‘‘When you think of learning areas, there are learning areas that are meant to help learners advance as they progress in their education system. But there are learning areas that are there to help learners operate today,’’ he said.

The CEO noted that the government is in the second phase of the new curriculum dispensation which is structured to give direction to learners before they take the next stage of learning.

‘‘CBC is structured that the pre-primary is to offer the learners an early opportunity to interact outside the home. The primary school is a stage which gives learners an opportunity to socialize through numeracy, literacy and social studies,’’ Prof. Ong’ondo said.

The 12 core subjects and optional assessment will be referred to as the Kenya Junior Secondary Education assessment.

At Pre-Vocational level, the assessment will be referred to as Kenya Pre-Vocational Level Education Assessment, with learners being assessed in nine subjects

At JSS and pre-vocational level, both formative and summative assessment will be conducted. The formative assessment will be offered in the form of School-Based Assessments (SBAs) while the Summative Assessment will take the form of national assessment.

Kenya National Examination Council shall provide guidelines for standardised SBAs to be administered by subject teachers in Grades 7, 8 and 9. The teachers shall then score the learner’s work and provide immediate feedback to the learners. A school year report shall then be issued.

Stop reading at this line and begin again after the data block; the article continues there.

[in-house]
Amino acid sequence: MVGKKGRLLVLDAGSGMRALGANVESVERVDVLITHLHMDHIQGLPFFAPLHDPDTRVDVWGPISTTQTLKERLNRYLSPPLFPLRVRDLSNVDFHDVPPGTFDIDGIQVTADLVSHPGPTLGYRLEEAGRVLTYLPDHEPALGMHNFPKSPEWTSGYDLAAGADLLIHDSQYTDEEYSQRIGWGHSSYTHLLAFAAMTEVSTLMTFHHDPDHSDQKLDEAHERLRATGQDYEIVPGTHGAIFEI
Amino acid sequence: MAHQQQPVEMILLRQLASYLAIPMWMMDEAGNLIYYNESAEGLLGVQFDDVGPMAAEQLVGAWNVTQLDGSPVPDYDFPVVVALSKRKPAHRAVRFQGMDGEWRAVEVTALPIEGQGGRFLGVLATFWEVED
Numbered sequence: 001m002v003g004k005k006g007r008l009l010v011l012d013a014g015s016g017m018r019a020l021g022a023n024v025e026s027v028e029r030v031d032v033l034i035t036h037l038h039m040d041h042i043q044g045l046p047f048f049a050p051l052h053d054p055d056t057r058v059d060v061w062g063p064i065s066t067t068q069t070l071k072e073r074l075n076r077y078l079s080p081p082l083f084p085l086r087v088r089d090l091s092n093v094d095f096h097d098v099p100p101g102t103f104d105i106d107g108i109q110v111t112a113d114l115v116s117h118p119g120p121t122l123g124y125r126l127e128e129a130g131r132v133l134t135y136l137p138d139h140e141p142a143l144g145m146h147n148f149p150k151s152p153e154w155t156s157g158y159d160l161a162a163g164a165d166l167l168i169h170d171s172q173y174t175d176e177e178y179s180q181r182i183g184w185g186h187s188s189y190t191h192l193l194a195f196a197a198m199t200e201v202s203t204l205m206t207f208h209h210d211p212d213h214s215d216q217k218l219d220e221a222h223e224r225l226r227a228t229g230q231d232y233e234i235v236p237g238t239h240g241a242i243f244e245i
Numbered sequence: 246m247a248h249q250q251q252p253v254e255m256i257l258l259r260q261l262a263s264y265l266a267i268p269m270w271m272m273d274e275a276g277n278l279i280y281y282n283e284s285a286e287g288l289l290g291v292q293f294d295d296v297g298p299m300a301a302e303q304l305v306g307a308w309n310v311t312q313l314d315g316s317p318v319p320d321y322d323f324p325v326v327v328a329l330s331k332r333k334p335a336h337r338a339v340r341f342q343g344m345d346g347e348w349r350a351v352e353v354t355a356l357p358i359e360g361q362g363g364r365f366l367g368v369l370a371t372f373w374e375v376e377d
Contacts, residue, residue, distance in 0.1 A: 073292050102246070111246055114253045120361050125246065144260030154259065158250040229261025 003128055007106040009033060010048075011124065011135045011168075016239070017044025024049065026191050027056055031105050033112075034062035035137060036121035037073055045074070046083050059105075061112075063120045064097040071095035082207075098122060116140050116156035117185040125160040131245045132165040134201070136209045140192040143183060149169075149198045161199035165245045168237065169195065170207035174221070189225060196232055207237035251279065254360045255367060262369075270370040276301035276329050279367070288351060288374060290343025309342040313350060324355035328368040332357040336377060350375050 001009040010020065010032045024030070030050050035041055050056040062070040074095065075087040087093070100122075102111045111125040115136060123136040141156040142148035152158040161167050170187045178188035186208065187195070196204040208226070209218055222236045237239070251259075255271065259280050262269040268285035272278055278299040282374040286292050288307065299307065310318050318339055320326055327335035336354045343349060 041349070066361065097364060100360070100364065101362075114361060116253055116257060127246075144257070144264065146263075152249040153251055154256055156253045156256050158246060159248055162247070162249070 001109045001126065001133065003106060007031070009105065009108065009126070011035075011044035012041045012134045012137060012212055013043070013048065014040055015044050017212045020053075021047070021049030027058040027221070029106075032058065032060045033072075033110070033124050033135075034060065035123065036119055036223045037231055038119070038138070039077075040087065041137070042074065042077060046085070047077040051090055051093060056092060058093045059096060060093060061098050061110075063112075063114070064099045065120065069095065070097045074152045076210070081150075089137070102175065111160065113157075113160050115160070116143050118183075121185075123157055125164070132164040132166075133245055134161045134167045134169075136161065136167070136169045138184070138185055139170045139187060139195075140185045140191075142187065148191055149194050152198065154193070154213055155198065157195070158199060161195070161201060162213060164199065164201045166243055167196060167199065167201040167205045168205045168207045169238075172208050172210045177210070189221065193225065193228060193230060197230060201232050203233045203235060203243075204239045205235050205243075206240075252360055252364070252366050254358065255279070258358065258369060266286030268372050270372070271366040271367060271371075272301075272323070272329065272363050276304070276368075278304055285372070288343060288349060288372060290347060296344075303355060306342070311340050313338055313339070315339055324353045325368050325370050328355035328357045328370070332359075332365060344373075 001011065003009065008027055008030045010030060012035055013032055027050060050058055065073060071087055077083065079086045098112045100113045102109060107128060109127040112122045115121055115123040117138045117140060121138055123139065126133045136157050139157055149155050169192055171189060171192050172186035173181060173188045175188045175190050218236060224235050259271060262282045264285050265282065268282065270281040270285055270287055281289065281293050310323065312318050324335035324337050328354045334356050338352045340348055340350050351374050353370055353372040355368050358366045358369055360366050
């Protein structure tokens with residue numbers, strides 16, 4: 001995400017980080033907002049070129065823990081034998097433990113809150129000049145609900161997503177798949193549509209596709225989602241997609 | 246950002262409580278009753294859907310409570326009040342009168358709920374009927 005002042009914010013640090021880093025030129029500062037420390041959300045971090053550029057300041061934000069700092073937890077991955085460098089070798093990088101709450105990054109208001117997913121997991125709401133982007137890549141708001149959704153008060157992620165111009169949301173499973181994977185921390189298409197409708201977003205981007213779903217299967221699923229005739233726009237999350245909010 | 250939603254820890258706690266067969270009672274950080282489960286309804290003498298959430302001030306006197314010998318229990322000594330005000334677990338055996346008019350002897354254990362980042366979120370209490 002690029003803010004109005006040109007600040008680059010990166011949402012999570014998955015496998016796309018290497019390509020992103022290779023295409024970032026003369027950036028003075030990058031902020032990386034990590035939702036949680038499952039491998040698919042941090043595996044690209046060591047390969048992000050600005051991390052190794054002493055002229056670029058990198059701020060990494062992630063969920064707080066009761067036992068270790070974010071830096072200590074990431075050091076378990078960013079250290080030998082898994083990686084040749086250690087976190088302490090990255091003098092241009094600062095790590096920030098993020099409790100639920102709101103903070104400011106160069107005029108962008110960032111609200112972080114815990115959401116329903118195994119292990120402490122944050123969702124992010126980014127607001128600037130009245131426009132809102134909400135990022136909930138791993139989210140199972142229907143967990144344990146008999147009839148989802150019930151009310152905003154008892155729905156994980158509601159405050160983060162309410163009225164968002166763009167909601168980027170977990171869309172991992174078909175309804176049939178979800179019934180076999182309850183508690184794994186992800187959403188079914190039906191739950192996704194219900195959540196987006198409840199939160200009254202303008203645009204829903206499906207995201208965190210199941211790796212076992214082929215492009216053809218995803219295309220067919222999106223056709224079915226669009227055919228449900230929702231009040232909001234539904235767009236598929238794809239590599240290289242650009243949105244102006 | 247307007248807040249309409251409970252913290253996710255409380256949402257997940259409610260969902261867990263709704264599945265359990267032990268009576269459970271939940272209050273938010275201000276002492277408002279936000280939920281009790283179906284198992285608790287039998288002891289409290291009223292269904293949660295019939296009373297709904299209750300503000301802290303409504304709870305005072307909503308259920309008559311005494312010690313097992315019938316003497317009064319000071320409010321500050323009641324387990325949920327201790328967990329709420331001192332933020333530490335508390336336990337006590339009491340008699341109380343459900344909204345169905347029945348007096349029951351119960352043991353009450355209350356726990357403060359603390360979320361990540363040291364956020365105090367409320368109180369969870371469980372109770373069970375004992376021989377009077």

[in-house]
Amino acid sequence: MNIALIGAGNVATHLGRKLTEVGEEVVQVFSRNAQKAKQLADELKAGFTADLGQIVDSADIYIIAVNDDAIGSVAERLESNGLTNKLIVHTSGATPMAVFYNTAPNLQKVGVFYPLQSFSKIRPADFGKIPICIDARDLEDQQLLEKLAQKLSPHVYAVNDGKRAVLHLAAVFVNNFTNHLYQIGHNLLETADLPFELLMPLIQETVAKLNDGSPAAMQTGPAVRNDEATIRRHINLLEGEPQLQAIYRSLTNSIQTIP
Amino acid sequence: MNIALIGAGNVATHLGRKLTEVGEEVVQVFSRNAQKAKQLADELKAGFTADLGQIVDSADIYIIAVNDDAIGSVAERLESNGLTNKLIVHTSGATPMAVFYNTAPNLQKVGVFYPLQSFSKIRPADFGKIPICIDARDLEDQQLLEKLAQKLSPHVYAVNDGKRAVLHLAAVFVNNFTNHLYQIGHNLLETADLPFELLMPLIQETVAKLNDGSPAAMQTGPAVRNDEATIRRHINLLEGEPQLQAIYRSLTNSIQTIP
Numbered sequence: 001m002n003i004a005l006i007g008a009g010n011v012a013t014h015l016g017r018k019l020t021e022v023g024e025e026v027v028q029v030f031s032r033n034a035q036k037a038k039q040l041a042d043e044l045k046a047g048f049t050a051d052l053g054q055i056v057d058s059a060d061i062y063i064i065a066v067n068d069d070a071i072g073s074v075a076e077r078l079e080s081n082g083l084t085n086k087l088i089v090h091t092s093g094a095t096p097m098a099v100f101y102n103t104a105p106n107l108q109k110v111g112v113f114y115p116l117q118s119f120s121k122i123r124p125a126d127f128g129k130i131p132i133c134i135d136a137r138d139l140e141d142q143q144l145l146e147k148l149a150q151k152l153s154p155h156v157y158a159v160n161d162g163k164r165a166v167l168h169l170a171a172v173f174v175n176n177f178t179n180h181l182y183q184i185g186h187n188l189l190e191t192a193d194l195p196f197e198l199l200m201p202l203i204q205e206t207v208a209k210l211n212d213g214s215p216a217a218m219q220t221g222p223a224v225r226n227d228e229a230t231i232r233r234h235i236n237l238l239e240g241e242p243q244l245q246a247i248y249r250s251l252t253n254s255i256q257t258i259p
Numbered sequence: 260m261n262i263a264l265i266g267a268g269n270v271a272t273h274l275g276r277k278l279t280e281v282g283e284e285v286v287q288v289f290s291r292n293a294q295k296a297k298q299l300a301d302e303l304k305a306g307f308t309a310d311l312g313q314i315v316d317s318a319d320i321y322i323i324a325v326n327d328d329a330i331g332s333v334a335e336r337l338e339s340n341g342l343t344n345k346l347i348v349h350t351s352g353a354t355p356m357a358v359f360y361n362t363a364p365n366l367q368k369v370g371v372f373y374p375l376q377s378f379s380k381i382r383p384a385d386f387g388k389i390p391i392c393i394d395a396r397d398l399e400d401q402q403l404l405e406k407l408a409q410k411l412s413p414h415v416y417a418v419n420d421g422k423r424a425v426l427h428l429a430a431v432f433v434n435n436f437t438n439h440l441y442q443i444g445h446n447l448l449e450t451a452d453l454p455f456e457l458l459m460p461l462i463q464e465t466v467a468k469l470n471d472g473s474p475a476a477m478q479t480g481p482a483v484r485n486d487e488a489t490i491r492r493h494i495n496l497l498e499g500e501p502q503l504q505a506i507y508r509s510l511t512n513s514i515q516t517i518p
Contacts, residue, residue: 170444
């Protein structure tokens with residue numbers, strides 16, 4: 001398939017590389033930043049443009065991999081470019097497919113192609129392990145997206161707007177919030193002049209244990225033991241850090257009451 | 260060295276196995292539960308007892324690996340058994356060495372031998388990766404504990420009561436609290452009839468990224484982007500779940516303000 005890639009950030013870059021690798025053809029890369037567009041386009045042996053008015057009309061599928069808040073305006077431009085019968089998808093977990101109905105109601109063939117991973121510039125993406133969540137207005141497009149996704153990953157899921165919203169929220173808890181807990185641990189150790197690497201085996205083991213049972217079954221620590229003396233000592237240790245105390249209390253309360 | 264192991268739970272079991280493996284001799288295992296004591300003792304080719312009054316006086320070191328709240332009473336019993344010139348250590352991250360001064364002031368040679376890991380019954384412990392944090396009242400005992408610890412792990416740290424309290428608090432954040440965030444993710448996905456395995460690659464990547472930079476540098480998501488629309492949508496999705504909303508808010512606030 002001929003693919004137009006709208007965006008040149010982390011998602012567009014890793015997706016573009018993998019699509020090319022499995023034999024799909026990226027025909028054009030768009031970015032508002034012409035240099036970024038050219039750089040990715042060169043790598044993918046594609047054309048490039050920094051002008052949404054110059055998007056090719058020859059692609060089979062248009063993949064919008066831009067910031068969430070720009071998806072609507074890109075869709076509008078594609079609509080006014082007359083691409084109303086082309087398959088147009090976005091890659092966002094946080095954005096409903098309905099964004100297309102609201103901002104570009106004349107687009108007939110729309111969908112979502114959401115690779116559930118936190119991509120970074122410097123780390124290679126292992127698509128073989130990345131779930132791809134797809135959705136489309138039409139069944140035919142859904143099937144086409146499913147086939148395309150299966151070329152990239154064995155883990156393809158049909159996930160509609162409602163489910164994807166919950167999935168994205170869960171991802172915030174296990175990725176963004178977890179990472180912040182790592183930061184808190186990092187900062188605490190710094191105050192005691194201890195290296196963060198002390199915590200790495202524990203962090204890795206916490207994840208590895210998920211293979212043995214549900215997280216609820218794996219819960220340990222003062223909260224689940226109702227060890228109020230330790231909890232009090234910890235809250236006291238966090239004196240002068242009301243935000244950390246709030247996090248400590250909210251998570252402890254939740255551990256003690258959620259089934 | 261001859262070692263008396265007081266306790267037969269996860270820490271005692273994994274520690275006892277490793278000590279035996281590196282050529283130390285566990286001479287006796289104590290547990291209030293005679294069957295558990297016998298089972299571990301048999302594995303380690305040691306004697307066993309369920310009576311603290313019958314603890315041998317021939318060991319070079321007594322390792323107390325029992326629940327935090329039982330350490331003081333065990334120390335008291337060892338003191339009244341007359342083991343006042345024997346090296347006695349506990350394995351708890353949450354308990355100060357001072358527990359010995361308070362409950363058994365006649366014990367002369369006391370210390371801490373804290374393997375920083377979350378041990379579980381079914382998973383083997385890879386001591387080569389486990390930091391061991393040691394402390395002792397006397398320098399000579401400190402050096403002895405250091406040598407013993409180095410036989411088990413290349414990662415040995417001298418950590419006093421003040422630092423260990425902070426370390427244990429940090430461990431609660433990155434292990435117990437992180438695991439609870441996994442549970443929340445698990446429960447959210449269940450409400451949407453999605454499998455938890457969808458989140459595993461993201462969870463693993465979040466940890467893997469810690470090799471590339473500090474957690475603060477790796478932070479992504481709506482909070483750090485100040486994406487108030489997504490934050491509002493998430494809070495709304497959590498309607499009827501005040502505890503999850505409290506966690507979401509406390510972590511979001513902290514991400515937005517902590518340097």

The scores for each learner shall then be uploaded to the KNEC assessment portal, with the agency then using the reports to provide a national report. This report shall highlight areas that need intervention and give specific recommendations to education stakeholders.

The end of Grade 9 national summative assessment and the SBAs scores shall be used to guide placement of learners in the different pathways in senior secondary school.

Ong’ondo said, KICD is mandated to develop curriculum and curriculum support materials to evaluate before they reach the final consumer.

Stakeholders include Kenya National Union of Teachers, Kenya Union of Post Primary Education Teachers, and Universities Academic Staff Union representatives.

He noted that although it might not be a smooth and seamless transition, he urged stakeholders to have some patience.

‘‘Let’s acknowledge that change has one main characteristic, a lot of discomfort. The discomfort we are experiencing in the introduction of JSS will ease,’’ he advised.  

Ong’ondu challenged those condemning the new Competency Based Curriculum saying if there was any burden in the new system, the unions should also own it.

‘‘We are powerful partners in the whole process. If we criticize the CBC and say it is expensive and chaotic, then we are submitting that we are part of the chaos in the system. Engage us robustly in the process that produces the curriculum,’’ Prof. Ong’ondo stated.

He observed that so far, the government has reached six Counties in books distribution to schools across the country noting that before February 17, they will have reached every corner of the country.

‘‘We have done six books in 10 counties. By the end of the week we will be able to reach 20 counties, which will be half of our target,’’ he said.